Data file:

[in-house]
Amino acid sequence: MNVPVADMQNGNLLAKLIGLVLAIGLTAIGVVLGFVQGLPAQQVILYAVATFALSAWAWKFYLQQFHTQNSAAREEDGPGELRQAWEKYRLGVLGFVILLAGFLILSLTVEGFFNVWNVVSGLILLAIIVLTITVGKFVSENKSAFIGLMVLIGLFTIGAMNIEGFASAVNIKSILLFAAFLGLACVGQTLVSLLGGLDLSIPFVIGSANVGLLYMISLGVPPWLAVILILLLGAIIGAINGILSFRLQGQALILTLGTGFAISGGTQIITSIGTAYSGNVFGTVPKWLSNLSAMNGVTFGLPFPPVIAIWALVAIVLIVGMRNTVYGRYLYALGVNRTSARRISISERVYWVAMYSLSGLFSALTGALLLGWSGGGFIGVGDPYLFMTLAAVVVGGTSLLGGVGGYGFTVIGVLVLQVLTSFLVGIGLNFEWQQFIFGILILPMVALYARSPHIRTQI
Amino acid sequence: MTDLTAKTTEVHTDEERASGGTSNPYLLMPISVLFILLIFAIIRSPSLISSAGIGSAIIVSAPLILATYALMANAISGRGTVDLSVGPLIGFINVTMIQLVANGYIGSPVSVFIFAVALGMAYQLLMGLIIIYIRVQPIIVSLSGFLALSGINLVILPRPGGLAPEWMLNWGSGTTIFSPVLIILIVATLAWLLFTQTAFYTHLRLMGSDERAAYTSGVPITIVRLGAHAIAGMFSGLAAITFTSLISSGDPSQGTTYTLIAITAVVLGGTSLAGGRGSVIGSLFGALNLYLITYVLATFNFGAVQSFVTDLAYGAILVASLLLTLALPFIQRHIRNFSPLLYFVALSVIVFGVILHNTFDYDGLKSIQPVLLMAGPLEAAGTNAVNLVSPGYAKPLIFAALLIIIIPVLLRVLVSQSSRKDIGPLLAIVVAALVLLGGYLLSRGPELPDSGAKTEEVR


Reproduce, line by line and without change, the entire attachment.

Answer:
[in-house]
Amino acid sequence: MNVPVADMQNGNLLAKLIGLVLAIGLTAIGVVLGFVQGLPAQQVILYAVATFALSAWAWKFYLQQFHTQNSAAREEDGPGELRQAWEKYRLGVLGFVILLAGFLILSLTVEGFFNVWNVVSGLILLAIIVLTITVGKFVSENKSAFIGLMVLIGLFTIGAMNIEGFASAVNIKSILLFAAFLGLACVGQTLVSLLGGLDLSIPFVIGSANVGLLYMISLGVPPWLAVILILLLGAIIGAINGILSFRLQGQALILTLGTGFAISGGTQIITSIGTAYSGNVFGTVPKWLSNLSAMNGVTFGLPFPPVIAIWALVAIVLIVGMRNTVYGRYLYALGVNRTSARRISISERVYWVAMYSLSGLFSALTGALLLGWSGGGFIGVGDPYLFMTLAAVVVGGTSLLGGVGGYGFTVIGVLVLQVLTSFLVGIGLNFEWQQFIFGILILPMVALYARSPHIRTQI
Amino acid sequence: MTDLTAKTTEVHTDEERASGGTSNPYLLMPISVLFILLIFAIIRSPSLISSAGIGSAIIVSAPLILATYALMANAISGRGTVDLSVGPLIGFINVTMIQLVANGYIGSPVSVFIFAVALGMAYQLLMGLIIIYIRVQPIIVSLSGFLALSGINLVILPRPGGLAPEWMLNWGSGTTIFSPVLIILIVATLAWLLFTQTAFYTHLRLMGSDERAAYTSGVPITIVRLGAHAIAGMFSGLAAITFTSLISSGDPSQGTTYTLIAITAVVLGGTSLAGGRGSVIGSLFGALNLYLITYVLATFNFGAVQSFVTDLAYGAILVASLLLTLALPFIQRHIRNFSPLLYFVALSVIVFGVILHNTFDYDGLKSIQPVLLMAGPLEAAGTNAVNLVSPGYAKPLIFAALLIIIIPVLLRVLVSQSSRKDIGPLLAIVVAALVLLGGYLLSRGPELPDSGAKTEEVR